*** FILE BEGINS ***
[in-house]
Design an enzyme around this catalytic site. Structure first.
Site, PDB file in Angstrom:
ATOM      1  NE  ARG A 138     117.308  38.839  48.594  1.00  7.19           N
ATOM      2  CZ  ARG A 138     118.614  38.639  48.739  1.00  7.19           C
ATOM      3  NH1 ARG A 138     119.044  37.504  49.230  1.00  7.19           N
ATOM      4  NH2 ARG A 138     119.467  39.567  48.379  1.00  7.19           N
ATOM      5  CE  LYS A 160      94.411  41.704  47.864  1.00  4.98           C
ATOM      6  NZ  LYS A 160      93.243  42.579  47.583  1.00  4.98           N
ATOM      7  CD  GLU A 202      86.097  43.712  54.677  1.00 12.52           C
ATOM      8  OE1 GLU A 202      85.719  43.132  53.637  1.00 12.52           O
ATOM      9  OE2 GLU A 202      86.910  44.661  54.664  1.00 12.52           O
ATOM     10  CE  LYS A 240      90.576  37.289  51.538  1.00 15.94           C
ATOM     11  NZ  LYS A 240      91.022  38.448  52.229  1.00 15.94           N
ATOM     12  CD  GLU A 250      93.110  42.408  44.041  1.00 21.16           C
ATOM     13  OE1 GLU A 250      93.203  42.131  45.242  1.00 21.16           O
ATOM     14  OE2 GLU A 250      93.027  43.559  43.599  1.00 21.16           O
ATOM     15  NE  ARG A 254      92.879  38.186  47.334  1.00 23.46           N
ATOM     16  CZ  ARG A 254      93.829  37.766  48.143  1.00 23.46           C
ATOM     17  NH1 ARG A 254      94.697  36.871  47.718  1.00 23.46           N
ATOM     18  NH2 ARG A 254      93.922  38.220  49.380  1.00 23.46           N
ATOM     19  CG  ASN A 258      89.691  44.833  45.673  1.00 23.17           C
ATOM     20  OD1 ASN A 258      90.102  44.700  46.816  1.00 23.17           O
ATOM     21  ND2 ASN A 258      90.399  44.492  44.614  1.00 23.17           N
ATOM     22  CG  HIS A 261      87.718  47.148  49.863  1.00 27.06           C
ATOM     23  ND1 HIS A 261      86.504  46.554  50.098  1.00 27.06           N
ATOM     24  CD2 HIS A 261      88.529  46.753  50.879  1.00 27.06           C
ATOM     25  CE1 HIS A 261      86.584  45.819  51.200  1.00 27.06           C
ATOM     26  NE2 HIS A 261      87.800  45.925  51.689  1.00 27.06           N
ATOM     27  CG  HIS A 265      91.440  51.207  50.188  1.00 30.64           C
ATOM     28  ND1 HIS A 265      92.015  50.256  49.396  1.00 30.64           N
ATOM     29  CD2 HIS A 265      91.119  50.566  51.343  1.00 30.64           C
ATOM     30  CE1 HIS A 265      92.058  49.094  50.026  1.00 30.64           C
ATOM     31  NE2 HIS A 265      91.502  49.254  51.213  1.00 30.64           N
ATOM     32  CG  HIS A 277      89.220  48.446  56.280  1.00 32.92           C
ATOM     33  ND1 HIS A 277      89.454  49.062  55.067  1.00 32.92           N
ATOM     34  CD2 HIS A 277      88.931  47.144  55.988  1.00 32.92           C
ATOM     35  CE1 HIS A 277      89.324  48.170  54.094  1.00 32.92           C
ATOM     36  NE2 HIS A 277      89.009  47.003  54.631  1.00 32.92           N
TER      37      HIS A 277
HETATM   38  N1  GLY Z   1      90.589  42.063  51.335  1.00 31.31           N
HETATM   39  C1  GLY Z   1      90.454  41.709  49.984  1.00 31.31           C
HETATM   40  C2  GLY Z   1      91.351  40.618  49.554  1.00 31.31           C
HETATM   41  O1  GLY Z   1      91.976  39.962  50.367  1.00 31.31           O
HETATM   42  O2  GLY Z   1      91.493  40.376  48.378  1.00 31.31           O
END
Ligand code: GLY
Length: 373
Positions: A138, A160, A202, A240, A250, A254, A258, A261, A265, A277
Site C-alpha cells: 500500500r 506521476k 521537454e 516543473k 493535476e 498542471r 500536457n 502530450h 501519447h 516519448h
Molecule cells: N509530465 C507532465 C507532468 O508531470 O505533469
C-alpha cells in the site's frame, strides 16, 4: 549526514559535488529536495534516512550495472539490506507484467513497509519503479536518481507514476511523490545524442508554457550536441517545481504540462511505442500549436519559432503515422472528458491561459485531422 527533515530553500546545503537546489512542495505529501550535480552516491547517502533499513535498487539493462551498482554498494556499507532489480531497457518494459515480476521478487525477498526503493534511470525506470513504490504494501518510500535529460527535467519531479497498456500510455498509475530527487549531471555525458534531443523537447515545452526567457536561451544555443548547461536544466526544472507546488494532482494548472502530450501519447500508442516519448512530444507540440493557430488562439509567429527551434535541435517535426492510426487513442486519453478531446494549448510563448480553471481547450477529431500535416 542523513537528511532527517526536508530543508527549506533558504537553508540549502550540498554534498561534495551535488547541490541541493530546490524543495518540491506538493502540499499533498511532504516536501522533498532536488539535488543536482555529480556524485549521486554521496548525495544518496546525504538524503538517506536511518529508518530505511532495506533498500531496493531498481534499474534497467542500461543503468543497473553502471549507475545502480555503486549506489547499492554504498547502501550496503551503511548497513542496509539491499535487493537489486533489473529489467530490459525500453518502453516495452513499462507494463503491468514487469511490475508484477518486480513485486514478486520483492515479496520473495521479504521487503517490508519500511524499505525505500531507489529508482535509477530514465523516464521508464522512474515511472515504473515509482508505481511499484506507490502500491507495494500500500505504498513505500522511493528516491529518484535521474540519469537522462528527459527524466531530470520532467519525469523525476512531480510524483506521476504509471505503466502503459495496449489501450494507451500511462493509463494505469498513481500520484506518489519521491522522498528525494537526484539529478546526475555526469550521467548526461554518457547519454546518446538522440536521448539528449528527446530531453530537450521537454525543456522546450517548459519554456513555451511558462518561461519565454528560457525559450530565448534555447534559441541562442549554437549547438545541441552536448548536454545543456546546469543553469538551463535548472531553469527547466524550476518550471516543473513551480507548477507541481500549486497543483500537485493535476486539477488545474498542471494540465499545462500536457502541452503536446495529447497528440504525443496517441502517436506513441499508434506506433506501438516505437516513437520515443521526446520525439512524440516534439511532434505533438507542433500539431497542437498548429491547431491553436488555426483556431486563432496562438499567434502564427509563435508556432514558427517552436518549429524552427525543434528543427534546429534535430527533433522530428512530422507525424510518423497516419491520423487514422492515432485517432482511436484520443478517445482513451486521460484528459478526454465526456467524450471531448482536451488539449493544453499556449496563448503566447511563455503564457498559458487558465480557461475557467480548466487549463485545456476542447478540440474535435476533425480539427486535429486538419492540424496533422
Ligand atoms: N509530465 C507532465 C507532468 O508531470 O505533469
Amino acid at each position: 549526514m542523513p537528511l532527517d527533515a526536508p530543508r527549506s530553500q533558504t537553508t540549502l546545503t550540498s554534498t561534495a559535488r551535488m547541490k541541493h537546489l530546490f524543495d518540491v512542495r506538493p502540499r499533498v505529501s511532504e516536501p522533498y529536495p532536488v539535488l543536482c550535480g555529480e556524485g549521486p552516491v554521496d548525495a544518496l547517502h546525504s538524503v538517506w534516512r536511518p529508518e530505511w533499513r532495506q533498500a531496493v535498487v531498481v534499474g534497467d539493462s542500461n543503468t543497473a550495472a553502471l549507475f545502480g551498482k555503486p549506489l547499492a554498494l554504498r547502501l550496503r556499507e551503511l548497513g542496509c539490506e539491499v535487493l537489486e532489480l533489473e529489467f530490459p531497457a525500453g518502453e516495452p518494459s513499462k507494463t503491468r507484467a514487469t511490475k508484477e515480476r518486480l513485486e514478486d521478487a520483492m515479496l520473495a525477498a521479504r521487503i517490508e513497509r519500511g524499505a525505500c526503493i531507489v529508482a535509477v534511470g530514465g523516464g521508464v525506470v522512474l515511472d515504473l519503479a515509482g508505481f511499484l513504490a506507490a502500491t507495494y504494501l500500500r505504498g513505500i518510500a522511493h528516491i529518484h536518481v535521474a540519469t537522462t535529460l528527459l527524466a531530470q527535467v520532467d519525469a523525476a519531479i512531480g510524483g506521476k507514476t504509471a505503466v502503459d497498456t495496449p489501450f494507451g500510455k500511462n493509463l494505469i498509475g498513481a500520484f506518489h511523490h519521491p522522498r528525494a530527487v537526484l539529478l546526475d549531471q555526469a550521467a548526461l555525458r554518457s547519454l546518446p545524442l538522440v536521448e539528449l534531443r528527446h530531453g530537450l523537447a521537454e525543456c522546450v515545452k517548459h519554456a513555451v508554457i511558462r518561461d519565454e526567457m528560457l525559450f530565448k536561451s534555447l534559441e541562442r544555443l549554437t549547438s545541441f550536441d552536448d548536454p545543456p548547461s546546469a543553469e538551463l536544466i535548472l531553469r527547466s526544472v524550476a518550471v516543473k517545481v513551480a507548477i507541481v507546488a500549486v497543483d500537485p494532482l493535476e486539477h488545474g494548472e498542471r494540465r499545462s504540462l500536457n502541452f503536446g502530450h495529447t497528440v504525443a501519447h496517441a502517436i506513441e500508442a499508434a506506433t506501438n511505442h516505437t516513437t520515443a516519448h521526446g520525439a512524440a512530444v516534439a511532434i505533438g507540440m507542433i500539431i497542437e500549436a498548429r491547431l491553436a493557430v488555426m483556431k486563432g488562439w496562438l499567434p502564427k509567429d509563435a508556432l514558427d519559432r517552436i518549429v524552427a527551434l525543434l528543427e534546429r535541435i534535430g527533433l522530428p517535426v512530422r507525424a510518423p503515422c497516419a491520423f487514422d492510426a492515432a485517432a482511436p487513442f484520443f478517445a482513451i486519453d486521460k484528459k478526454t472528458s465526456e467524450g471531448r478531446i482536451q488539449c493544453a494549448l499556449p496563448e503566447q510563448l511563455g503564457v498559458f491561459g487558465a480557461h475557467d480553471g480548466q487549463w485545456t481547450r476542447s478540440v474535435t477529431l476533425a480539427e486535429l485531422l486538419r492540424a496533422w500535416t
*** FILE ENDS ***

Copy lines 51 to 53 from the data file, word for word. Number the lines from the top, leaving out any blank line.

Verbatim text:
Molecule cells: N509530465 C507532465 C507532468 O508531470 O505533469
C-alpha cells in the site's frame, strides 16, 4: 549526514559535488529536495534516512550495472539490506507484467513497509519503479536518481507514476511523490545524442508554457550536441517545481504540462511505442500549436519559432503515422472528458491561459485531422 527533515530553500546545503537546489512542495505529501550535480552516491547517502533499513535498487539493462551498482554498494556499507532489480531497457518494459515480476521478487525477498526503493534511470525506470513504490504494501518510500535529460527535467519531479497498456500510455498509475530527487549531471555525458534531443523537447515545452526567457536561451544555443548547461536544466526544472507546488494532482494548472502530450501519447500508442516519448512530444507540440493557430488562439509567429527551434535541435517535426492510426487513442486519453478531446494549448510563448480553471481547450477529431500535416 542523513537528511532527517526536508530543508527549506533558504537553508540549502550540498554534498561534495551535488547541490541541493530546490524543495518540491506538493502540499499533498511532504516536501522533498532536488539535488543536482555529480556524485549521486554521496548525495544518496546525504538524503538517506536511518529508518530505511532495506533498500531496493531498481534499474534497467542500461543503468543497473553502471549507475545502480555503486549506489547499492554504498547502501550496503551503511548497513542496509539491499535487493537489486533489473529489467530490459525500453518502453516495452513499462507494463503491468514487469511490475508484477518486480513485486514478486520483492515479496520473495521479504521487503517490508519500511524499505525505500531507489529508482535509477530514465523516464521508464522512474515511472515504473515509482508505481511499484506507490502500491507495494500500500505504498513505500522511493528516491529518484535521474540519469537522462528527459527524466531530470520532467519525469523525476512531480510524483506521476504509471505503466502503459495496449489501450494507451500511462493509463494505469498513481500520484506518489519521491522522498528525494537526484539529478546526475555526469550521467548526461554518457547519454546518446538522440536521448539528449528527446530531453530537450521537454525543456522546450517548459519554456513555451511558462518561461519565454528560457525559450530565448534555447534559441541562442549554437549547438545541441552536448548536454545543456546546469543553469538551463535548472531553469527547466524550476518550471516543473513551480507548477507541481500549486497543483500537485493535476486539477488545474498542471494540465499545462500536457502541452503536446495529447497528440504525443496517441502517436506513441499508434506506433506501438516505437516513437520515443521526446520525439512524440516534439511532434505533438507542433500539431497542437498548429491547431491553436488555426483556431486563432496562438499567434502564427509563435508556432514558427517552436518549429524552427525543434528543427534546429534535430527533433522530428512530422507525424510518423497516419491520423487514422492515432485517432482511436484520443478517445482513451486521460484528459478526454465526456467524450471531448482536451488539449493544453499556449496563448503566447511563455503564457498559458487558465480557461475557467480548466487549463485545456476542447478540440474535435476533425480539427486535429486538419492540424496533422
Ligand atoms: N509530465 C507532465 C507532468 O508531470 O505533469